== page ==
In Swim Speed Secrets, 4-time Olympian, gold medalist, and triathlon world champion Sheila Taormina reveals the swim technique used by the world’s fastest swimmers.
Over the course of 4 Olympic Games and throughout her career as a world champion triathlete, Taormina refined her exceptional technique as a student of the sport, studying the world’s best swimmers using underwater photographs and video analysis. From Johnny Weissmuller to Michael Phelps, the world’s fastest swimmers share one common element: a high-elbow underwater pull.
Many swimmers and triathletes neglect the pull, distracted by stroke count or perfecting less critical details like body position, streamlining, and roll. Swim Speed Secrets focuses on the pull—the most crucial element of swimming—to help triathletes and swimmers overhaul their swim stroke and find the speed that’s been eluding them.
With a commonsense approach that comes from decades of practice and 15 years of hands-on coaching experience, Taormina explains why the high-elbow underwater pull is the most important part of swimming and how swimmers can transition to this vital technique. She offers the best drills to cultivate a sensitive feel for the water. Her dryland and strength building exercises develop the arm positioning and upper body musculature required to swim faster. She describes what it feels like when swimmers have learned the secret and offers tips that helped her perform at a world-class level for two decades.
Sheila Taormina’s Swim Speed Secrets brings the focus back where it belongs—to a powerful underwater stroke. With this book, triathletes and swimmers can stop swimming for survival and break through to new levels of speed and confidence in the water.
Taormina’s new companion book Swim Speed Workouts offers the essential workouts, drills, drylands, and training plan to develop the world’s fastest swimming technique.
Paperback. Full-color photographs throughout.
7″ x 9″, 212 pp., $18.95, 9781934030882
For more information, book previews, and instructional drills and videos, please visit SwimSpeedSecrets.com.
1. The Pareto Principle: Applying the 80/20 Rule in the Pool
2. The Big Picture: Understanding the Swimming Equation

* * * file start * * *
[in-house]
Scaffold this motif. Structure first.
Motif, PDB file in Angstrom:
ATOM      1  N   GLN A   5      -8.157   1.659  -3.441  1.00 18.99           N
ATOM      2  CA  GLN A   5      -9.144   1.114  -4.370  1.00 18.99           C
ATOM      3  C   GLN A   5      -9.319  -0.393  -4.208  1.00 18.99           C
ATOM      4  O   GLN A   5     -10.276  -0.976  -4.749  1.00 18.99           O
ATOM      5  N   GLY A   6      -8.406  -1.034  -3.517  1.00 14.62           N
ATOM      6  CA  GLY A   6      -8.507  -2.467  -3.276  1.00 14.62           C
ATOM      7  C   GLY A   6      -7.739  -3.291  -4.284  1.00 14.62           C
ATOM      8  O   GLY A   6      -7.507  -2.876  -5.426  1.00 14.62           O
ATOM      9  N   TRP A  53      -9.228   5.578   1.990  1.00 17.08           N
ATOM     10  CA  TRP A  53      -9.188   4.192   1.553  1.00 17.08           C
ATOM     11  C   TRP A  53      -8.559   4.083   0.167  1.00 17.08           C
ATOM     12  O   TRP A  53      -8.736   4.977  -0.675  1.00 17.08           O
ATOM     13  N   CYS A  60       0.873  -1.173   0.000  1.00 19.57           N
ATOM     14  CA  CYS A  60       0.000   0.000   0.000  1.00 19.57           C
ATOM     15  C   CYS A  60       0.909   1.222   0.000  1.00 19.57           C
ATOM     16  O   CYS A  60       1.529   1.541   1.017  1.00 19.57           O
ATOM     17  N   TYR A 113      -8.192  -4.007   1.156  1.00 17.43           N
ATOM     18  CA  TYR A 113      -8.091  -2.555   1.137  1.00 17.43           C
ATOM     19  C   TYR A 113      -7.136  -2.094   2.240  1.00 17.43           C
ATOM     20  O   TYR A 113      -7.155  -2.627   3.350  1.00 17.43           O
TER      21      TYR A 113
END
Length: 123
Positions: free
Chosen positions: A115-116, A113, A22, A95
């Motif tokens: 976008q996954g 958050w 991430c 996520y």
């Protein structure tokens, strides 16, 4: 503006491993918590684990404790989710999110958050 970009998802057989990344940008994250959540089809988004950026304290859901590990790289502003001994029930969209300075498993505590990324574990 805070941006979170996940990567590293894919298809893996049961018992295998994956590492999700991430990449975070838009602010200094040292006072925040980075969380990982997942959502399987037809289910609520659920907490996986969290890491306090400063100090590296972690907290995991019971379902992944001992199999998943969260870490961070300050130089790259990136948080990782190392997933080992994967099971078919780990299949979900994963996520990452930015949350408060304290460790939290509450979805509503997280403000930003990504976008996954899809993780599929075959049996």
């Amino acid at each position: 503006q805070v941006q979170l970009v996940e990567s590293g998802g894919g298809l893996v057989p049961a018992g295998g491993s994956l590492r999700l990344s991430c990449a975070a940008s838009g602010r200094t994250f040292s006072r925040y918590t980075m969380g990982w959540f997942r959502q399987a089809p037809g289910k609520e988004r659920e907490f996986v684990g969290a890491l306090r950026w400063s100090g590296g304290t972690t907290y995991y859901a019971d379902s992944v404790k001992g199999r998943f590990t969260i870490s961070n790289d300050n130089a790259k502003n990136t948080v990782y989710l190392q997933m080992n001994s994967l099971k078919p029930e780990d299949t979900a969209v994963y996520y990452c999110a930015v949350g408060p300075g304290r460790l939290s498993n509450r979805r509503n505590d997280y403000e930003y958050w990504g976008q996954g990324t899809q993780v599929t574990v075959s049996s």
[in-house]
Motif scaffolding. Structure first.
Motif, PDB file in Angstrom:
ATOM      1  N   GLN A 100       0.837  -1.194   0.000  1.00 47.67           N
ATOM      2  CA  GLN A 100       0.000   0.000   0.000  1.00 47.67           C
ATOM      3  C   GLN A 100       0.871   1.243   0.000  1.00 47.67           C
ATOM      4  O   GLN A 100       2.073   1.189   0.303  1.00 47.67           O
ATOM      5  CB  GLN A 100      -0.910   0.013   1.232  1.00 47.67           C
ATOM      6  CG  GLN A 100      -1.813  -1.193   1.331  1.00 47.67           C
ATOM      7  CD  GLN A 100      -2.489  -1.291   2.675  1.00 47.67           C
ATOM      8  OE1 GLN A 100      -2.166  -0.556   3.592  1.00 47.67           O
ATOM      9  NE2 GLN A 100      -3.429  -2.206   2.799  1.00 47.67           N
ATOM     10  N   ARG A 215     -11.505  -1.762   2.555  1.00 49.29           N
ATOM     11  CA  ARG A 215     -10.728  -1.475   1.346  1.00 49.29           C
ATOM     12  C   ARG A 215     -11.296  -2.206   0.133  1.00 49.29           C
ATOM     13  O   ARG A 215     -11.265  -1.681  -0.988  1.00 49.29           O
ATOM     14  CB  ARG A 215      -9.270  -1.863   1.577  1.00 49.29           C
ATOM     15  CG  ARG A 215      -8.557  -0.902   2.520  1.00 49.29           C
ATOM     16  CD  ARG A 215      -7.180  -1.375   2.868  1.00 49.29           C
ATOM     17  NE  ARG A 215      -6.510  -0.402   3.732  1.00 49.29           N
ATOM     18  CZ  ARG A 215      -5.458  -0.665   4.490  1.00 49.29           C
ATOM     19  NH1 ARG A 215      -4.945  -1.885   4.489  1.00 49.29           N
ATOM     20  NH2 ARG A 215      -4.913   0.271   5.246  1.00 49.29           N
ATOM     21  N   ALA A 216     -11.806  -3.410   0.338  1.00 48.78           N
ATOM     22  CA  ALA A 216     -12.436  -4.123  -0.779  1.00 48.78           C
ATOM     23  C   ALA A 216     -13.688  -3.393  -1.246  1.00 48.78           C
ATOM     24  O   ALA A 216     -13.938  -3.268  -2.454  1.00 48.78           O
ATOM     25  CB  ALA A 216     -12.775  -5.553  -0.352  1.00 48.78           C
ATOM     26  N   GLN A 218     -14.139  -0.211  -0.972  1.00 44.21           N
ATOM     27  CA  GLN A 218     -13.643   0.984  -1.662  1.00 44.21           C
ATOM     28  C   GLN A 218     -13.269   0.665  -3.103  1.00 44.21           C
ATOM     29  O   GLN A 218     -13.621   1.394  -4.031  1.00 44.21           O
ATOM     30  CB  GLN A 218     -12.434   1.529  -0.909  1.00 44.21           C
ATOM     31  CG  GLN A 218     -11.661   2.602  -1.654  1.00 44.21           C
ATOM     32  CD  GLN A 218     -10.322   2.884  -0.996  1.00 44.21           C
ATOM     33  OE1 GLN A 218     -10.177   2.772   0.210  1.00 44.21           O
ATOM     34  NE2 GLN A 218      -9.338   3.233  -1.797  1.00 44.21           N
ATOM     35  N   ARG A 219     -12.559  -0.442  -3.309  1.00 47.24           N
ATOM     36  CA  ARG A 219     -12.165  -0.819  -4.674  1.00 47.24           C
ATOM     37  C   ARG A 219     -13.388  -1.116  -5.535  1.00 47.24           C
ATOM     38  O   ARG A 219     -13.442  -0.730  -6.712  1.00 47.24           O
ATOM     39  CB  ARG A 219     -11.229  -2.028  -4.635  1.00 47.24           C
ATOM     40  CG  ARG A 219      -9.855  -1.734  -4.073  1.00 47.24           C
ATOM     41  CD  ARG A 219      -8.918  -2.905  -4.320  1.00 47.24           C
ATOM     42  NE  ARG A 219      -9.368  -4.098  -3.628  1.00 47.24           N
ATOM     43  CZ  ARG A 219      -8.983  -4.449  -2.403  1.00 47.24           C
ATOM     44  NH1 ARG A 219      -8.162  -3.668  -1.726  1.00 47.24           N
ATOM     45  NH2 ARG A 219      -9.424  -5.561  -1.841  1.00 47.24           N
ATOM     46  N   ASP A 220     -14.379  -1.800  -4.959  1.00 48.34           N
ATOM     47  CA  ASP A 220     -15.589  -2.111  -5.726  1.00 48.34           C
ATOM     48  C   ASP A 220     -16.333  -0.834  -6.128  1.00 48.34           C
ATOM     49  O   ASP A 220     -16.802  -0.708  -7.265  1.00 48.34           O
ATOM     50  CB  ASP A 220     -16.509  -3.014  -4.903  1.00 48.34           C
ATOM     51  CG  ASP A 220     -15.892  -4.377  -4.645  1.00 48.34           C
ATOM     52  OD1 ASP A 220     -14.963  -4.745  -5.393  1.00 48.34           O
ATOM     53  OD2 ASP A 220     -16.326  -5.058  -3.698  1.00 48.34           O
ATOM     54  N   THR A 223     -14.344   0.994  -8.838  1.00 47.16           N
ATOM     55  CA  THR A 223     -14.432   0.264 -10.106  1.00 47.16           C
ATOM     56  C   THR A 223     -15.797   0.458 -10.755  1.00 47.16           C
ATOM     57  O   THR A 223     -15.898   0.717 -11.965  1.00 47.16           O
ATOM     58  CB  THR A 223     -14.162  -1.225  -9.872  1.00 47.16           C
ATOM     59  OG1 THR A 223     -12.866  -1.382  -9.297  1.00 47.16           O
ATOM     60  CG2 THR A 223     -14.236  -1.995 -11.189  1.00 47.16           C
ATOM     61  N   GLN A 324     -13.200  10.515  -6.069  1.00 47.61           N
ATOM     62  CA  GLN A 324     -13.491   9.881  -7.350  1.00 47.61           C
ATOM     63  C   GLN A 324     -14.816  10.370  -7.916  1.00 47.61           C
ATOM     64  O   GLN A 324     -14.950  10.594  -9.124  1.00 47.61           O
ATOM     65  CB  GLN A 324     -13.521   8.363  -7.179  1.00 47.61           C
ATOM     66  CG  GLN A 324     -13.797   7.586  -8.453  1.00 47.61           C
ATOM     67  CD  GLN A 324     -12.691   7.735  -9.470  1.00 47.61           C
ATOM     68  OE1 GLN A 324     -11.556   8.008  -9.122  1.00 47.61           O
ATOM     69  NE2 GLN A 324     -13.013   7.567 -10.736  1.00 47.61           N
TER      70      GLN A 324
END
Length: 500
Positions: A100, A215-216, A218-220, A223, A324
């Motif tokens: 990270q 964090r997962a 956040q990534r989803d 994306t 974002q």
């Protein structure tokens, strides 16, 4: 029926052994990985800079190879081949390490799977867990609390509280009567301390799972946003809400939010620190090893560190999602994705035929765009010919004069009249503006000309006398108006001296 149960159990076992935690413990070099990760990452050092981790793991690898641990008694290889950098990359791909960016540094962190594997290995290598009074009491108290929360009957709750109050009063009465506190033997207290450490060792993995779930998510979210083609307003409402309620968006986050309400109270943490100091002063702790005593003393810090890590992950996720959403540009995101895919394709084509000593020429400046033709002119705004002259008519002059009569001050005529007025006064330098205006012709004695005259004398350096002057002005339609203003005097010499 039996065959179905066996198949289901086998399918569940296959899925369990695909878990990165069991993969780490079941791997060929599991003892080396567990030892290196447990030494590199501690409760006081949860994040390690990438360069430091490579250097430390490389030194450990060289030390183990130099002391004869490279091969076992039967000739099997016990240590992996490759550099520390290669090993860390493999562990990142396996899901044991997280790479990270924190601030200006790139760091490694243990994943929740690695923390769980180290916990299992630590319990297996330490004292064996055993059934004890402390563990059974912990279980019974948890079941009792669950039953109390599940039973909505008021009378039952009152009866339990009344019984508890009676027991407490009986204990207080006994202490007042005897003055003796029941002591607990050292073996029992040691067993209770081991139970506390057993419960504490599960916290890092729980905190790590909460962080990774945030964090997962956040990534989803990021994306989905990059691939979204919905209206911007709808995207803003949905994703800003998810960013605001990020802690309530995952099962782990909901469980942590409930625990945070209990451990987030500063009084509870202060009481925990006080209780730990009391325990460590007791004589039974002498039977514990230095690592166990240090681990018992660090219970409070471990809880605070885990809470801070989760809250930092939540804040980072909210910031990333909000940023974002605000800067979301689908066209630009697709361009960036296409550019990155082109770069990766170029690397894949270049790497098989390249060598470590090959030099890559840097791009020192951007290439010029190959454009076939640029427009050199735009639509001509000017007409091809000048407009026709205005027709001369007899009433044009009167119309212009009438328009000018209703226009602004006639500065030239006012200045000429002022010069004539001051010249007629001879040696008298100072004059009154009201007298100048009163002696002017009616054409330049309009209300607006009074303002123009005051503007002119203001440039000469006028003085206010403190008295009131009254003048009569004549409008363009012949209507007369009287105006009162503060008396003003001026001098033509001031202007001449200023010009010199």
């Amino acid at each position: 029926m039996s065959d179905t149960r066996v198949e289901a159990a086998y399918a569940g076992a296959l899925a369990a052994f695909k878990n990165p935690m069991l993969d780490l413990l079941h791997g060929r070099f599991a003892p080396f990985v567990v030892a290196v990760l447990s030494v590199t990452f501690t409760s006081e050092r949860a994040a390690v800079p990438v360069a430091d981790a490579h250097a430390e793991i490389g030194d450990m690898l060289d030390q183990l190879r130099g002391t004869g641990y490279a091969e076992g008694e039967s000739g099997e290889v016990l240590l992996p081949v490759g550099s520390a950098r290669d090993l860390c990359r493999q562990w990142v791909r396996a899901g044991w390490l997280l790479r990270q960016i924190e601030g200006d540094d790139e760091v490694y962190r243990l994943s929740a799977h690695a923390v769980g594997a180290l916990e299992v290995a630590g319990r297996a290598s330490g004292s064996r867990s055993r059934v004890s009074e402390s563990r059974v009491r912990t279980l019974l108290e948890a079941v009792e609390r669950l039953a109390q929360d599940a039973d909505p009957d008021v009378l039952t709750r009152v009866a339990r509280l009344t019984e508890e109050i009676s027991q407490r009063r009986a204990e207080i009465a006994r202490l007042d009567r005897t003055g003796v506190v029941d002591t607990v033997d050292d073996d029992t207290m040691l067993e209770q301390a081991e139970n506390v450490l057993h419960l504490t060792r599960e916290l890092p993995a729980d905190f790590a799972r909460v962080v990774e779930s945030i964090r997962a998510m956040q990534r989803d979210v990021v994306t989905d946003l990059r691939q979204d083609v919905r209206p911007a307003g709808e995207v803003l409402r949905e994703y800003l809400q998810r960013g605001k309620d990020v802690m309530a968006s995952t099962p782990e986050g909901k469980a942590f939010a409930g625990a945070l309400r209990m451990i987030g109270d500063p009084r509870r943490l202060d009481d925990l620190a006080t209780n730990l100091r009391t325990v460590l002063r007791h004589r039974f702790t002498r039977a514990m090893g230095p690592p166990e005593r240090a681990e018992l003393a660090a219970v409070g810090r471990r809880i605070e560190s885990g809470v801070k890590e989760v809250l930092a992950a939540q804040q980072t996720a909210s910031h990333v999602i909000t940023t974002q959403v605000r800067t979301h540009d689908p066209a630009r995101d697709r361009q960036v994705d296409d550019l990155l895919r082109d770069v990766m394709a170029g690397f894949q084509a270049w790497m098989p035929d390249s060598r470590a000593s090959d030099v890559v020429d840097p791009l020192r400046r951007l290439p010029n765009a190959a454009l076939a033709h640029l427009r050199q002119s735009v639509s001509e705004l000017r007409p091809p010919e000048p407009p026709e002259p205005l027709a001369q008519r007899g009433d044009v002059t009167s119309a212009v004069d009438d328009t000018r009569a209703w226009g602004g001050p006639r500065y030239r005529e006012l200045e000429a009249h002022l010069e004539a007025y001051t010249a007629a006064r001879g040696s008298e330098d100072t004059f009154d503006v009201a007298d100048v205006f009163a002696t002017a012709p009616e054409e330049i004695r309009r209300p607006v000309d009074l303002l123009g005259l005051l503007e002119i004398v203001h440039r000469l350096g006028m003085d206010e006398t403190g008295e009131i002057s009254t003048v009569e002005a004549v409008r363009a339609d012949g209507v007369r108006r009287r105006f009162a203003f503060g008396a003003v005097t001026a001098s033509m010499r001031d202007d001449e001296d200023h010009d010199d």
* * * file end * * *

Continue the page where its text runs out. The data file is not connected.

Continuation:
3. The Vital Element: A Case to Prove It
4. Fluid Dynamics and Theories of Propulsion: The Challenges and the Beauty
5. The Underwater Pull: Vital Elements of the Vital Element
6. Developing the Underwater Pull: Exercises to Improve Strength, Flexibility, and Feel
7. The Swimming Equation Applied: Stroke Counts and Rates of Top Swimmers
8. Piecing It All Together: Conclusions and “Calling the Suit”
Appendix A: One Last Toast, 1924-2008
Appendix B: For Beginners: Understanding Swimming Lingo and Workout Design
Appendix C: Ask an Olympian
“The concept of ‘holding’ water and generating propulsion is fundamental to swimming performance, and Sheila’s book clearly unlocks the secrets of this through words and vivid underwater photos. It is what every top swimmer trains and searches for each day at practice, and it is what allowed me to win Olympic medals as a teenager and into my 40s.” — Dara Torres, 12-time Olympic medalist
“In her book, Sheila Taormina gives a great understanding of the art of high performance swimming. With her help, you can stop swimming for survival and start swimming like a pro.” — Laura Bennett, 2010 ITU #1-ranked swimmer, four-time ITU World Triathlon Championship medalist, Olympian, and two-time U.S. triathlon champion
“[Swim Speed Secrets] is a ripper! [It was] great to get a no-b.s. perspective on swimming from a champion.” — Chris McCormack, 2-time Ironman® World Champion
“Sheila’s book Swim Speed Secrets is the best swim manual—PERIOD!” — Ashley Whitney, Olympic Gold Medalist
“Sheila Taormina may be the greatest athlete in the modern Olympic era. She’s the only person I know who has made four Olympic teams in three different sports.” — Jim Richardson, Head Coach of the University of Michigan women’s swim team
“Sheila T. is just 5′ 2″ but she swims like she is 6′ 2″. We still use her as a model for our swimmers today on how to swim the strokes.” — Jack Bauerle, Team USA Olympic Swim Coach and Head Coach of the University of Georgia swim team